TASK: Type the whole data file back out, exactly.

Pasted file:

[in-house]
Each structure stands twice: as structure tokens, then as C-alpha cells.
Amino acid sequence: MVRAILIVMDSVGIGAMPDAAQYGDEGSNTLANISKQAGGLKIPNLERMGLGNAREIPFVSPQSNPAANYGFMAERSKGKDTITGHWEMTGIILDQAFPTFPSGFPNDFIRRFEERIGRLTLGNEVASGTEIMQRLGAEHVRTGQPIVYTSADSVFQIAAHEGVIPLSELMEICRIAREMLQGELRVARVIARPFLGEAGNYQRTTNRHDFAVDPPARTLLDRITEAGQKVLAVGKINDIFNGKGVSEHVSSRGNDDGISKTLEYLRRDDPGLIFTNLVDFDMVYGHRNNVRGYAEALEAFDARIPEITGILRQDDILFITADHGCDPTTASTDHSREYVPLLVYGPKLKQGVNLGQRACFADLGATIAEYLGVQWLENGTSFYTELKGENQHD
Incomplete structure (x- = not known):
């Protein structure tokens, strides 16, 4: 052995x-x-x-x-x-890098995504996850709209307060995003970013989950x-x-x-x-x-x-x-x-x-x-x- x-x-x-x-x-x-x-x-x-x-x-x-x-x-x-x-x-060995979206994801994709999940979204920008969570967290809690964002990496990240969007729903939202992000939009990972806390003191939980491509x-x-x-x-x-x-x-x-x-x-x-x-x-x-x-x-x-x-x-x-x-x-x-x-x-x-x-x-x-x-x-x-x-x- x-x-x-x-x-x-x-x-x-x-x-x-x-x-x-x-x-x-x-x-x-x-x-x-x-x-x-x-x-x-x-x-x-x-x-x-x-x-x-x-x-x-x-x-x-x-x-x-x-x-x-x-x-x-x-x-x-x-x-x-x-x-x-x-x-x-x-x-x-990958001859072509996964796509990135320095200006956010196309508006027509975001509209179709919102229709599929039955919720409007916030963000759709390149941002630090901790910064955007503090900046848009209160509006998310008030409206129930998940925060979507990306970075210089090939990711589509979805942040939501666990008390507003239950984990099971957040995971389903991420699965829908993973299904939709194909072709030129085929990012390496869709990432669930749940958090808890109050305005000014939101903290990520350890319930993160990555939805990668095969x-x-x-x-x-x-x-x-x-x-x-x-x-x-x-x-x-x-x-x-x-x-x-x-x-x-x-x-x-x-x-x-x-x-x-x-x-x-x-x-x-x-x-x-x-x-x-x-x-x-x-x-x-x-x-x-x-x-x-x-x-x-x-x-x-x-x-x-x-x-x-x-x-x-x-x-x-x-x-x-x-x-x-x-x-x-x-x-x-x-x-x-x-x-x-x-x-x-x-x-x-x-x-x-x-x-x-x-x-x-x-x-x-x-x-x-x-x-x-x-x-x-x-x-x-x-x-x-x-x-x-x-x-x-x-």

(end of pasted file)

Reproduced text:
[in-house]
Each structure stands twice: as structure tokens, then as C-alpha cells.
Amino acid sequence: MVRAILIVMDSVGIGAMPDAAQYGDEGSNTLANISKQAGGLKIPNLERMGLGNAREIPFVSPQSNPAANYGFMAERSKGKDTITGHWEMTGIILDQAFPTFPSGFPNDFIRRFEERIGRLTLGNEVASGTEIMQRLGAEHVRTGQPIVYTSADSVFQIAAHEGVIPLSELMEICRIAREMLQGELRVARVIARPFLGEAGNYQRTTNRHDFAVDPPARTLLDRITEAGQKVLAVGKINDIFNGKGVSEHVSSRGNDDGISKTLEYLRRDDPGLIFTNLVDFDMVYGHRNNVRGYAEALEAFDARIPEITGILRQDDILFITADHGCDPTTASTDHSREYVPLLVYGPKLKQGVNLGQRACFADLGATIAEYLGVQWLENGTSFYTELKGENQHD
Incomplete structure (x- = not known):
């Protein structure tokens, strides 16, 4: 052995x-x-x-x-x-890098995504996850709209307060995003970013989950x-x-x-x-x-x-x-x-x-x-x- x-x-x-x-x-x-x-x-x-x-x-x-x-x-x-x-x-060995979206994801994709999940979204920008969570967290809690964002990496990240969007729903939202992000939009990972806390003191939980491509x-x-x-x-x-x-x-x-x-x-x-x-x-x-x-x-x-x-x-x-x-x-x-x-x-x-x-x-x-x-x-x-x-x- x-x-x-x-x-x-x-x-x-x-x-x-x-x-x-x-x-x-x-x-x-x-x-x-x-x-x-x-x-x-x-x-x-x-x-x-x-x-x-x-x-x-x-x-x-x-x-x-x-x-x-x-x-x-x-x-x-x-x-x-x-x-x-x-x-x-x-x-x-990958001859072509996964796509990135320095200006956010196309508006027509975001509209179709919102229709599929039955919720409007916030963000759709390149941002630090901790910064955007503090900046848009209160509006998310008030409206129930998940925060979507990306970075210089090939990711589509979805942040939501666990008390507003239950984990099971957040995971389903991420699965829908993973299904939709194909072709030129085929990012390496869709990432669930749940958090808890109050305005000014939101903290990520350890319930993160990555939805990668095969x-x-x-x-x-x-x-x-x-x-x-x-x-x-x-x-x-x-x-x-x-x-x-x-x-x-x-x-x-x-x-x-x-x-x-x-x-x-x-x-x-x-x-x-x-x-x-x-x-x-x-x-x-x-x-x-x-x-x-x-x-x-x-x-x-x-x-x-x-x-x-x-x-x-x-x-x-x-x-x-x-x-x-x-x-x-x-x-x-x-x-x-x-x-x-x-x-x-x-x-x-x-x-x-x-x-x-x-x-x-x-x-x-x-x-x-x-x-x-x-x-x-x-x-x-x-x-x-x-x-x-x-x-x-x-």